Maule is once again expanding their list of available options. In addition to the new M-4 models we wrote about last week, they have just received FAA approval for two new versions of their M-9 four- (or five minus baggage) seater. The original M-9-235 Fuel Injected (Maule’s name for the model) was approved in 2012. The more »
This capable Part 23 plane does a lot for a little.
Maule has a couple of new airplanes for the new year – well, two slightly different models on the same airframe, anyway. The M-4 180V S2 and S4 are typical Maule: STOL performance, metal-winged tube-and-fabric construction, and an emphasis on cargo space. The big difference between the two it the seating. The S2 model is a more »
We’ve written a lot about what’s going on with ADS-B requirements for GA aircraft – who needs them, where to get them, and whether or not it will be worth all of the hassle. We haven’t talked much about what’s happening with the getting the surveillance network itself up and running. Right now, it’s looking more »
The P2012 Traveller will be meeting the public this April.
Tecnam’s new piston twin prototype, the P2012 Traveller, is slated to make its debut at this year’s AERO Friedrichshafen Global General Aviation Expo. The event will be held April 5-8 in Friedrichshafen, Gemany. The P2012 is an 11-seat, fixed-gear passenger/cargo carrier with a max takeoff weight of 7,937 pounds. It is powered by two 375hp more »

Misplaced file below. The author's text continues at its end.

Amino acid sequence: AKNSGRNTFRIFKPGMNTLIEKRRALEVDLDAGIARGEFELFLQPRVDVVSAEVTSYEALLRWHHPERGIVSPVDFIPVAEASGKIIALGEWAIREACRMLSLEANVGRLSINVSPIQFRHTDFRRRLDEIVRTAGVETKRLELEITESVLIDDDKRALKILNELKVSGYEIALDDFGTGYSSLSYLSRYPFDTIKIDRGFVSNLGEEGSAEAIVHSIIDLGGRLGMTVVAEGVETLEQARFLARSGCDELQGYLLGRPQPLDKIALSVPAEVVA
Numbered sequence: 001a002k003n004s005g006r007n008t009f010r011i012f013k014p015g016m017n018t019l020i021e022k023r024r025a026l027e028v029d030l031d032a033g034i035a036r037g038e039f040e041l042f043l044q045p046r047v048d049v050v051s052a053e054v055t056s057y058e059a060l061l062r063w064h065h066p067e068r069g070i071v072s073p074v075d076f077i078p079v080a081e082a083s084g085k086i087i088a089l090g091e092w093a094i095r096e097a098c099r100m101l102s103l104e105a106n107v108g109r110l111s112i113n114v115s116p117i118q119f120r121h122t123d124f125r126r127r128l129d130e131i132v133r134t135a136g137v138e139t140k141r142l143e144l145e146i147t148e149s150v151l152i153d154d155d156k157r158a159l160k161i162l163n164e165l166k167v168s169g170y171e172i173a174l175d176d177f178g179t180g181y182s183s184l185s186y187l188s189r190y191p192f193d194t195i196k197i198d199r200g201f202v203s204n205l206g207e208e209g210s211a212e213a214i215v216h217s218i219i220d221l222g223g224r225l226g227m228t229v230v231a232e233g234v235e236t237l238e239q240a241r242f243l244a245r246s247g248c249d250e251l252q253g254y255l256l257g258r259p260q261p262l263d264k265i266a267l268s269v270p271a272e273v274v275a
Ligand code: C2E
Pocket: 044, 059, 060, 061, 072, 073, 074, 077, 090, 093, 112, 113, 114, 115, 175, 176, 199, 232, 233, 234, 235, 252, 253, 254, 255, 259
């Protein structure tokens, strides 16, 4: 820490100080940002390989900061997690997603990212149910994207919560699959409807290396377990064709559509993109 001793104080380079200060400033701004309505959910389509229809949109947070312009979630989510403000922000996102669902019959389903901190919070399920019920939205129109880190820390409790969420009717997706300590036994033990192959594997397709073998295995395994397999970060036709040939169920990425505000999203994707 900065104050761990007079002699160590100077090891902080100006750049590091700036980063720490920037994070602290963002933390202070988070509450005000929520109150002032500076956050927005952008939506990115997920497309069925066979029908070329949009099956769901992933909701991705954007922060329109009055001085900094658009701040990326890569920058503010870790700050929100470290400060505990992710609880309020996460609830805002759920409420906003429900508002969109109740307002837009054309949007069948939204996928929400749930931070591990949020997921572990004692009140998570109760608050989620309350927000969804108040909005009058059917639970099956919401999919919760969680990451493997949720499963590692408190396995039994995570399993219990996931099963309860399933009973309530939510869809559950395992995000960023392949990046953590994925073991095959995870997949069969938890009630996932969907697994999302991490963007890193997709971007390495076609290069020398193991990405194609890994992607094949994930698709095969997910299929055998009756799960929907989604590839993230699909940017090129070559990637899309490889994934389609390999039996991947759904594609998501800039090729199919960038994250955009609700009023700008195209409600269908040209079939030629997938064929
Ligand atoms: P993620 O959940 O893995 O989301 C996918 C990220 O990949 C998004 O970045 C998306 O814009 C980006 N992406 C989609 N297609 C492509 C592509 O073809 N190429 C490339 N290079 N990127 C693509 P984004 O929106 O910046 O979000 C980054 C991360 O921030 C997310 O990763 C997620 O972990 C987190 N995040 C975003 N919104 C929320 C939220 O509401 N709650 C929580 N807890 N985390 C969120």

You’re never too young to start flying and never too old to remember what it was like when it was all brand-new. Future pilots Jace and Zoriana took a trip out of Gillespie Field last Tuesday and were kind enough to share their adventure with us! Check out a video of their flight here. To get more aviation news more »
It looks like Eclipse Aerospace might still be struggling. For the second time in three years, workers at the Albuquerque, NM manufacturing plant have been laid off. Eclipse hasn’t said how many people they let go or when those people might expect to be brought back. In the meantime, the plant is still operating, producing more »
Joseph Sorota wasn’t well known, but his contributions to the jet age were great.
Joseph Sorota, GE engineer and member of a top secret World War II engineering team called the “Hush-Hush Boys,” passed away on January 7th at the age of 96. As WWII was getting underway in Europe, Sorota studied engineering at Northeastern University and began working in a GE factory in Lynn, Massachusetts. In 1941, Sorota more »
China’s population of GA pilots is growing. Quickly. We’ve written several times about how Chinese airlines are having to bring in foreign pilots to get crews with enough flight experience. With expanding flight opportunities and the Civil Aviation Authority of China working to open up General Aviation, that may not be the case for much more »
Would you take Flight 666 to HEL? How about if it was on Friday the 13th?
Last Friday, January 13th, Finnair flight AY666 flew from CPH (Copenhagen) to HEL (Helsinki). The flight landed safely. No incidents, accidents, or unusual happenings were reported… So why is it news? Superstition is a funny thing. It changes with each country and culture. Even so, the date, flight number, and destination of Finnair’s trip hit more »